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Need some design help for my rolling tool storage

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Forum topic by ClimbOn posted 03-03-2011 09:13 AM 6407 views 3 times favorited 15 replies Add to Favorites Watch
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ClimbOn

10 posts in 1293 days


03-03-2011 09:13 AM

Hello gang,

I’m designing my new workshop (i.e. garage) and I’ve decided to go with a “roll-away” workshop design. The following link shows the idea I’m basing my design on, and attached is the workbench I’ve built.

http://www.56.com/u47/v_Mjg4MjYxMDg.html

The two designs I’m debating are roll-away carts based on Bill Endress’ design and New Yankee Workshop, Norm’s design of his rolling shop cabinet. The two are shown below:

Since I’m not an experience woodworker, what are the pro’s and con’s of each design?

Thanks in advance,

Chuck


15 replies so far

View brtech's profile

brtech

672 posts in 1573 days


#1 posted 03-03-2011 09:17 PM

I’m not seeing much difference. They both appear to be constructed of 3/4 ply, dado joints.

One has a hardboard over plywood top, the other has a laminate over particle board. That’s a preference on surface mostly: it’s a laminate vs hardboard choice, rather than plywood vs particle board.

One has more drawers, in two banks. The other has one full width drawer and an open shelf. What are you storing? I like more drawers, but it costs more and is more work. Drawers are not an easy thing to get right without experience.

One uses extension slides, the other uses wooden cleats. The advantage of extension slides is that the drawer can come out farther, and doesn’t fall out when you pull it all the way. The disadvantage is cost.

One nails the back on. The other appears to put a drywall screw into the edge of plywood. I’d use nails, YMMV.

View Dandog's profile

Dandog

249 posts in 1425 days


#2 posted 03-03-2011 09:33 PM

a wall mount tool chest is a good one too,if you put your workbench on wheels you might want to use all 4 locking or make the wheels able to retract that way it’s more stable.I would put some storage under the work bench then do the tablesaw out-feed storage with a drop leaf.

-- life an woodworking is one big experiment

View Rick  Dennington's profile

Rick Dennington

3384 posts in 1845 days


#3 posted 03-03-2011 09:42 PM

Chuck, It’s hard to tell someone what to build or which one to choose from. It just depends on which style of cabinet you like best…. weigh the options, like brtech said. It’s personal preference mainly. Both will work, and I’ve built both pretty much like your drawings show… I agree that installing drawer slides can be a bit overwhelming if you’ve never done it before. It’s like anything else…you have to practice at it, like you do all woodworking. Everyday I’m in my shop, I’m practicing and learning, and I’ve been doing this for 26-27 years…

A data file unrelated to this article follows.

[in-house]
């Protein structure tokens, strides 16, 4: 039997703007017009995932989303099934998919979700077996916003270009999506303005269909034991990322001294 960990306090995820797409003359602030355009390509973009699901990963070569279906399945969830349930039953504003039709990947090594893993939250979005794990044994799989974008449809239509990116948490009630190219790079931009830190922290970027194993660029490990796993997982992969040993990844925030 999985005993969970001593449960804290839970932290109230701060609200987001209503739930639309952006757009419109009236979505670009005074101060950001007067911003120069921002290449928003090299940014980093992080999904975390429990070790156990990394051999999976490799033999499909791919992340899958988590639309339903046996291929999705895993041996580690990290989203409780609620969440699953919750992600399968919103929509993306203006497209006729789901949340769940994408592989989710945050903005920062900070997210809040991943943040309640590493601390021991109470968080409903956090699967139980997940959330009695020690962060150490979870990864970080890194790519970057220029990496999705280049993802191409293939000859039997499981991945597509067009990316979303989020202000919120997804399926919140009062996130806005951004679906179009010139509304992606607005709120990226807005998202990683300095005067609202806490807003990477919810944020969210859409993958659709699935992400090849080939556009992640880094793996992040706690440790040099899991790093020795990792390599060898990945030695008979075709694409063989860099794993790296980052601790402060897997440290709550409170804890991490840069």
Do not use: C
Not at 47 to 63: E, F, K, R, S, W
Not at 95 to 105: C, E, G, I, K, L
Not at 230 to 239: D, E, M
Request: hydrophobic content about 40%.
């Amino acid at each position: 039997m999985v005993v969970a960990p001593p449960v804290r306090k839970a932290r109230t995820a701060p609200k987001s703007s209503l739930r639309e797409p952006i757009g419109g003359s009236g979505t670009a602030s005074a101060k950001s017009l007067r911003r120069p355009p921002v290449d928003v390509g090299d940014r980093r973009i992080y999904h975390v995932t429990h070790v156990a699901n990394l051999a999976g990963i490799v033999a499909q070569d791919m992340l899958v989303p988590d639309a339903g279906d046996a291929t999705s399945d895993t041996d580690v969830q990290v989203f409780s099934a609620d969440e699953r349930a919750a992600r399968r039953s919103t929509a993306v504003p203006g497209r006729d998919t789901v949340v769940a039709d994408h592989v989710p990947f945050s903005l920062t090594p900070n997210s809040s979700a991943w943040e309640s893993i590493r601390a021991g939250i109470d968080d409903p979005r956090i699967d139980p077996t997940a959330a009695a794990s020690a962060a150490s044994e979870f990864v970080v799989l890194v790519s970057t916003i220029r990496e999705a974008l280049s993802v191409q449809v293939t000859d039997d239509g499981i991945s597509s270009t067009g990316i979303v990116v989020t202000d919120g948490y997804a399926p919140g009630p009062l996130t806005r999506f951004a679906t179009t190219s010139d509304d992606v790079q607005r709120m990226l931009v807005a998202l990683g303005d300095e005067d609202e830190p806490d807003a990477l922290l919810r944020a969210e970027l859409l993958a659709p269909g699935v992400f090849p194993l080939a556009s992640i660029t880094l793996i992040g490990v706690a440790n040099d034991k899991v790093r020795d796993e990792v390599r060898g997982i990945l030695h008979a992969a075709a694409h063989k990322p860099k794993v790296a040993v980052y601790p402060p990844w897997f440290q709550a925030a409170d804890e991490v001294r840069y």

So it really boiols down to one thing…...choose your poison.!! Remember: The best project begins with the first cut.!!!!!!!!!............... Go for it…....

-- " I started with nothing, and I've still got most of it left".......

View Rick  Dennington's profile

Rick Dennington

3384 posts in 1845 days


#4 posted 03-03-2011 09:56 PM

One more little tidbit for you…. You can get plans from nearly all the woodworking magazines such as Wood, ShopNotes, Woodworkers Journal, Fine Woodworking, etc., etc., etc. You can also go on line and go to Plans Now for free downloads…..The results are endless…...Just do some homework…...

-- " I started with nothing, and I've still got most of it left".......

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ClimbOn

10 posts in 1293 days


#5 posted 03-04-2011 08:59 AM

Thanks for the input guys. My plan is to build three rolling storage units that stow away under my workbench (a la Bill Endress’ concept). One will be something on the order of 5-6 drawers for all my hand tools and loose items, and the other two will be split down the middle with six sliding shelves each (three per side) for my power tools and bulk items. This will help me with my storage problem, small space problem, and still provide worktop solutions like infeed/outfeed/etc.

So I’ll be designing my own plans to get exactly what I want (I’ve search the internet for months and have narrowed it down to these two designs) and I was trying to determine which of the two above is engineered best while still looking good (each unit will be roughly 25”x25”x31”). I liked Bill Endress’ design because as you move it around the shop, the box design looks good from all angles because there’s no real “back” as in Norm’s. But while Norm’s has an apparent front and back, his looks more solid with his joints using dadoes vs rabbets. Also because I’m trying to make use of as much small amount of space I have under my bench, Bill’s design doesn’t take up storage space with the use of a lip in his table top while Norm’s does. Bill seems to get around the lack of “lip clamping” by incorporating some type of opening to the cabinet that gives a clamping option.